Over the years, his music has appeared on TV and film. In fact, in 2011, there was a backlash when he licensed a song for a Bank of America commercial. Some were commenting that he had sold out, but he quickly released a statement that he was only supporting his family and needed the money.
“I think that’s such a boring, outdated cliché, to sell out,” he explained. “I’m not saying I would do a commercial for a cause that’s horrific. I’m not sorry I did a commercial for Bank of America. I understand why people don’t like Bank of America. I did it and took some money for it, and at the time, it felt like the right thing to do. I’m not sorry I did it.”
Sometimes when his music is in TV shows, he says that “after awhile, when I hear my voice, it sounds different.”
“A song like ‘Pretty Pimpin’ I’m proud of, but I’ll hear it one too many times and it sounds like me from two years ago and it’s in context within a TV show – that, for a second in silence, I get slightly embarrassed for myself,” Vile said. “When I’m embarrassing myself, I don’t care what other people think. Ultimately that’s what I want: to be in TV and movies and sometimes commercials, which are not as cool, but if the price is right, I’ll do it. If I see it, it’s cool, but if I look out for it, it’s less natural.”
On a related note, Vile recently showed up in animated form on HBO’s “Animals,” where he plays himself as a “stoner squirrel” that sings and plays guitar. He recorded a song about nuts, which the squirrel Vile sings to admiring fans.
“That was fun,” he recalled. “I’m into comedy. I’m always role-playing an eternal comedy with my friends, and I like the idea of taking it to show business. But I feel like I’m a little green. I did a little acting with Jon Lovitz, for instance, for something on camera, and I feel I pretty much blew it right away. So I’m not 100 percent natural behind the camera just yet. In real life I am.”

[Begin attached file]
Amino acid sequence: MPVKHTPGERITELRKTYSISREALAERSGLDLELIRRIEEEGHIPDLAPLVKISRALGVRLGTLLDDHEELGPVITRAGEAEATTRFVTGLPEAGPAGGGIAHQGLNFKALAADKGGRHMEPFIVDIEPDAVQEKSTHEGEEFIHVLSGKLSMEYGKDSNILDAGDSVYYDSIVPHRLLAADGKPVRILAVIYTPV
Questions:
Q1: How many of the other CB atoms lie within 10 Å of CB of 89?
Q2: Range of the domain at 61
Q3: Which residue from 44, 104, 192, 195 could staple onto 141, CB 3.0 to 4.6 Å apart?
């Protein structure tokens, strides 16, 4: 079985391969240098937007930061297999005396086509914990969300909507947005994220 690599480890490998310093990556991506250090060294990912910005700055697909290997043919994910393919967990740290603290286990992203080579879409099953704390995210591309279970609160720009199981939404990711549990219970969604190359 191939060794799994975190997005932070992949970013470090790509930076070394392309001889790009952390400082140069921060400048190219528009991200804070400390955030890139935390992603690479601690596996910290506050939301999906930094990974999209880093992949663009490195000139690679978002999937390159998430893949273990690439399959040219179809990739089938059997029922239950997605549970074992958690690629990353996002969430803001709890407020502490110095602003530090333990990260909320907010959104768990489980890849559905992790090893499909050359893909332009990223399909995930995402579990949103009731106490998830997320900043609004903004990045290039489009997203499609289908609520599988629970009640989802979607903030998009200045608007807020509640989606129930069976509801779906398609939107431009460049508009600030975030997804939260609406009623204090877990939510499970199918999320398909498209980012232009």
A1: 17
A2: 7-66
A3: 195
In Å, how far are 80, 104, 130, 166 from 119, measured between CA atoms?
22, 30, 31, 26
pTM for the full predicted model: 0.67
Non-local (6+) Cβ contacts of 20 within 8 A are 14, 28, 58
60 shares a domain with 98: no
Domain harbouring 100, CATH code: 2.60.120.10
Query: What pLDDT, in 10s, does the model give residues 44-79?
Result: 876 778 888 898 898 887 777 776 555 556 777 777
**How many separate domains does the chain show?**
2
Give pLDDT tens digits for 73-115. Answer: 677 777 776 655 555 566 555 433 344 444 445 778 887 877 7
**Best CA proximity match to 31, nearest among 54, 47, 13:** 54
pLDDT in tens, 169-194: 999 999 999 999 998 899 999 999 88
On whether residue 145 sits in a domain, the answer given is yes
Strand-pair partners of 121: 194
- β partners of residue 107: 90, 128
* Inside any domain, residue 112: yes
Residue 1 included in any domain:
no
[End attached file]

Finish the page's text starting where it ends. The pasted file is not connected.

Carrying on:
Vile has remained busy writing new songs. He covered The Grateful Dead’s “Box of Rain” with Dinosaur Jr guitarist J Mascis for the massive star-studded three-disc Grateful Dead compilation “Day of the Dead” being released in May.
“That was awesome. We did ‘Box of Rain,’ which is the first song off of ‘American Beauty,'” he says. “It’s such a uniquely beautiful song. It turned out really good. I think it was the first recording we did as a band before we were working on [b’lieve] so it was a good way to dive in and playing with J Mascis is always a good time.”
Vile says that he was invited by Aaron [Dessner] from The National several years ago to contribute to the project.
“I appreciate the Dead but when he asked me in particular I just loved the song ‘Box of Rain,'” he said. “It was funny because they were planning on doing it. The song really spoke to me so I was like, ‘If you decide not to do it, I’ll be on your comp.’ So they gave it to me.”
Over the past year, Vile has experienced many memorable moments, including playing to a sold out Sydney Opera House in Australia. He said he felt like he was “under the microscope being looked at,” but that the Australian audience was “cheering me on with a loving turn of endearment in Australian bogan accent.”
Right now, he’s looking forward to writing and recording his next album.
“I can tell you that I have a lot of new songs, and I’m thinking about my new record all the time,” Vile says. “I have a vision in my mind, but it’s still not fully baked. So I’m not ready to tell you a style. I think it will be more meticulous than this past record but at the same time on the same page of keeping it real and not over-doing it.”